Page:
Bridging the Divide

All the political vehemence intensifying over the past few months would finally find a sink in April-May, when India goes to vote for the 16th Lok Sabha elections. Even as the credibility of opinion polls, heralding an NDA-led government at the centre, comes under scanner in light of the sting operation broadcast by a TV channel which showed as many as 11 polling agencies willing to tweak results for a price, the outcome of recent assembly elections in five states, including Delhi, reflects the growing tendency of people to subvert.

That this behaviour of the electorate is not party-specific, and every entity on the political canvas today, irrespective of its past strength, runs the risk of being challenged by the elector, has significantly affected the pre-poll political shuffling. Leaders have, to a great extent, realised the obligation to justify the steps they take, and the U-turn’s they make. So when Paswan cares to reason that LJP’s alliance with BJP is issue-based, and would not besmirch party’s secular standards, you know he is not unaware of the public mood.

Similar sentiment has made the parties to rethink their policies as well. Modi, whose electrifying speeches have taken the nation by storm, has abstained from mentioning either the RSS or its ideology in his addresses so far. Congress also, facing the heat, is now pressing for more transparency within the party with Rahul Gandhi’s bold move to let party workers choose 15 LS candidates through primaries. Interestingly, the groups having de-centarlisation on their agenda are also not being spared the sword—AAP has been criticised on several occasions for acting immature and haphazard by the voters who brought it into power. These small developments are noteworthy since they indicate parting from the comfort zone, of administrators, who we know could be unreasonable at will, as was the case with Mulayam and his son’s handling of Muzaffarnagar.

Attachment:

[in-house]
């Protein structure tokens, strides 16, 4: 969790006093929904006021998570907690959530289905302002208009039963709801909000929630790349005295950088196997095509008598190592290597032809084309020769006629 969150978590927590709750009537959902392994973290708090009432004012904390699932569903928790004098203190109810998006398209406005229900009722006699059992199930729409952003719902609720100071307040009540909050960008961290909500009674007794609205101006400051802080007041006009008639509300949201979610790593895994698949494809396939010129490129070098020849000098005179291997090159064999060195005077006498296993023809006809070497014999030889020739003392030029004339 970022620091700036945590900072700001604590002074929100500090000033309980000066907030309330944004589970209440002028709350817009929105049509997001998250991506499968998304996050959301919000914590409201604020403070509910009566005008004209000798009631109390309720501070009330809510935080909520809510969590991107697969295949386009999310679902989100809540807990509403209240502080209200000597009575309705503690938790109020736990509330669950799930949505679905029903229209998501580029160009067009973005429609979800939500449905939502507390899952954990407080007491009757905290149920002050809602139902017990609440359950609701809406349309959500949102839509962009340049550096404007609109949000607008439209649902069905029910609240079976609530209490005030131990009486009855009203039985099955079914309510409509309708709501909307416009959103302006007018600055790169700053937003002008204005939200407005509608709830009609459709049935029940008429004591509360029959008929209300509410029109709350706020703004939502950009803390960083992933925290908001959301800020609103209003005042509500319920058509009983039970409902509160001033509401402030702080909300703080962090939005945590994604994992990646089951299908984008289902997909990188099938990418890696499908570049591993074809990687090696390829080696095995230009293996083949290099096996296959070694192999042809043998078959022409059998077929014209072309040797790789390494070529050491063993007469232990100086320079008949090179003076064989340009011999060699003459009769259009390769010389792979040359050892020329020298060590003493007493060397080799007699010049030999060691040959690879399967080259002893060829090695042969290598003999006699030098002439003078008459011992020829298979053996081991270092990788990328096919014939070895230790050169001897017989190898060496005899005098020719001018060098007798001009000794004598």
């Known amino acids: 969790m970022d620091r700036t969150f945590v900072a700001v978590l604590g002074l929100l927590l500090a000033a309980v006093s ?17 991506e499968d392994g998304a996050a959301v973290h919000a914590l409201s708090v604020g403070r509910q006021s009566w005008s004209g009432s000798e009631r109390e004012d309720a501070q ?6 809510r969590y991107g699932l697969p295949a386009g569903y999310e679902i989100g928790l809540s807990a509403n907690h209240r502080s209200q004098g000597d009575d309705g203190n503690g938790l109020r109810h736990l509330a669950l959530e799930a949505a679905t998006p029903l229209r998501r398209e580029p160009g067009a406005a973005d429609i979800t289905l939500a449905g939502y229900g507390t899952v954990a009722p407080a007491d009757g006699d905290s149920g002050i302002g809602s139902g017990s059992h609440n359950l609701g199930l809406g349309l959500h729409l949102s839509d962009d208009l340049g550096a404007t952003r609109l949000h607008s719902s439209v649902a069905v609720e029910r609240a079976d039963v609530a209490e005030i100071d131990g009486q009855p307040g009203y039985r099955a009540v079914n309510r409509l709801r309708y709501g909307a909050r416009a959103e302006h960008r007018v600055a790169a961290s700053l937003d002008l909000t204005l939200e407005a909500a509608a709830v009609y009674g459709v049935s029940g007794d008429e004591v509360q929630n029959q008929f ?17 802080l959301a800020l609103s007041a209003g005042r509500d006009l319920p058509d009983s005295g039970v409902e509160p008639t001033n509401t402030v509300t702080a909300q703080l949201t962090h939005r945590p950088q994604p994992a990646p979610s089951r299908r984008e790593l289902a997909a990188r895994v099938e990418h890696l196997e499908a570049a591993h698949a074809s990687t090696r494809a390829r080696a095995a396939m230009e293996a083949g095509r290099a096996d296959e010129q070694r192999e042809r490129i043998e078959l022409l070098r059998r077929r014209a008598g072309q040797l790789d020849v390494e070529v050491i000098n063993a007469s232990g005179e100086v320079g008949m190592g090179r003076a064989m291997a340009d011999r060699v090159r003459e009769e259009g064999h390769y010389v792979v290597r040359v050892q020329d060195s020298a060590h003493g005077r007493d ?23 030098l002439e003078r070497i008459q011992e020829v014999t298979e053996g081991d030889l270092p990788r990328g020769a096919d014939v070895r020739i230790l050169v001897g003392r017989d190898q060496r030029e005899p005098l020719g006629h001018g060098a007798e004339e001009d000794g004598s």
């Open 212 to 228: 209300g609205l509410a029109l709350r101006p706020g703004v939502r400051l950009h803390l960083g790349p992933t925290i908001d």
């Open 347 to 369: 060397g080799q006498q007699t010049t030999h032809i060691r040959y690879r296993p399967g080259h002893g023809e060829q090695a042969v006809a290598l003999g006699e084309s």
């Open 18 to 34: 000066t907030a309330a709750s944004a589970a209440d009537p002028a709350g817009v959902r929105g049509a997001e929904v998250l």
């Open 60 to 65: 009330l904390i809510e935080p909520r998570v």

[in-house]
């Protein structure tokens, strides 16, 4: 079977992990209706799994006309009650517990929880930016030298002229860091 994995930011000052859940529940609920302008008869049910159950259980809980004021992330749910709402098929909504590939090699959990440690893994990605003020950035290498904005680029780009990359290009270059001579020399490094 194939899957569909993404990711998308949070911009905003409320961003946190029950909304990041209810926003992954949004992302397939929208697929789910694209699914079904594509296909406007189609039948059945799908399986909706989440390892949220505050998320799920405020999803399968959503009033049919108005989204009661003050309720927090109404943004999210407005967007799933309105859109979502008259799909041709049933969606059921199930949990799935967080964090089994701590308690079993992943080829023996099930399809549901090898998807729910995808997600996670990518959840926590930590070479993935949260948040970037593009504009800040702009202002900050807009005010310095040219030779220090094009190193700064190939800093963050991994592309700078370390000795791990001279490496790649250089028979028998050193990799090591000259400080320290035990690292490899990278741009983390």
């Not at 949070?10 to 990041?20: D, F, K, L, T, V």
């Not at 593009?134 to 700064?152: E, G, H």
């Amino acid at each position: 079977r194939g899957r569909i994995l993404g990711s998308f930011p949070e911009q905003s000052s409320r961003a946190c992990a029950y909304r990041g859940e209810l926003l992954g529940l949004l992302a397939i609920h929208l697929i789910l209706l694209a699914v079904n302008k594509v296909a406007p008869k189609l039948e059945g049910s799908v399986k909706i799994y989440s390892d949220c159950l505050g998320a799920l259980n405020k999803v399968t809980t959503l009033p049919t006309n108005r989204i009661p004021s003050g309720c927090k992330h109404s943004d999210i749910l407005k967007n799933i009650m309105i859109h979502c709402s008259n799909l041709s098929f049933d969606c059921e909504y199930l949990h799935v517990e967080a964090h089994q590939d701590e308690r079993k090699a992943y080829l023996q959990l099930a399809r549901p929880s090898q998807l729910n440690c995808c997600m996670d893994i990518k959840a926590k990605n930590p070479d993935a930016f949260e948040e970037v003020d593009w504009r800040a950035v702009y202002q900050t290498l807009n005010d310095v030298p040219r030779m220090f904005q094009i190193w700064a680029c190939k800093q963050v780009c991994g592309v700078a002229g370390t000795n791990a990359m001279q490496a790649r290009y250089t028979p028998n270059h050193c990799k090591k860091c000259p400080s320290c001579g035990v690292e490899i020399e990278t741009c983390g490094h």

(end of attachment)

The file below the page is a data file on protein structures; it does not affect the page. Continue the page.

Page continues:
The intensity of this emotion is varying though—from being high in areas lying around the epicentre of media coverage, to startlingly low in obsolete regions. Remote areas of Delhi, Haryana, and West Bengal house people, who, ignorant of the ‘outside world’, kowtow to the ruthless law of local panchayats, like trees to the wind. Lack of education has blocked the very few paths to reach these mystery locations, as opposed to their comparatively aware, reachable counterparts. The fact that such population accounts not for a meagre share of votes has widened the rift between evolving India and conservative Bharat. As the former, rather than supporting a particular political party, vies for select, good points in manifestos of various political parties, the latter presents a blurry picture in this regard. A unifying force here seems to be the fresh voters in the age-group 18-22, who, approximating-up to 180,000 per constituency, as per ECI, are increasingly shaking-off the indifference towards politics rampant among the youth earlier. The upcoming elections would prove to be a litmus test in deciding how far we have come in bridging this divide.

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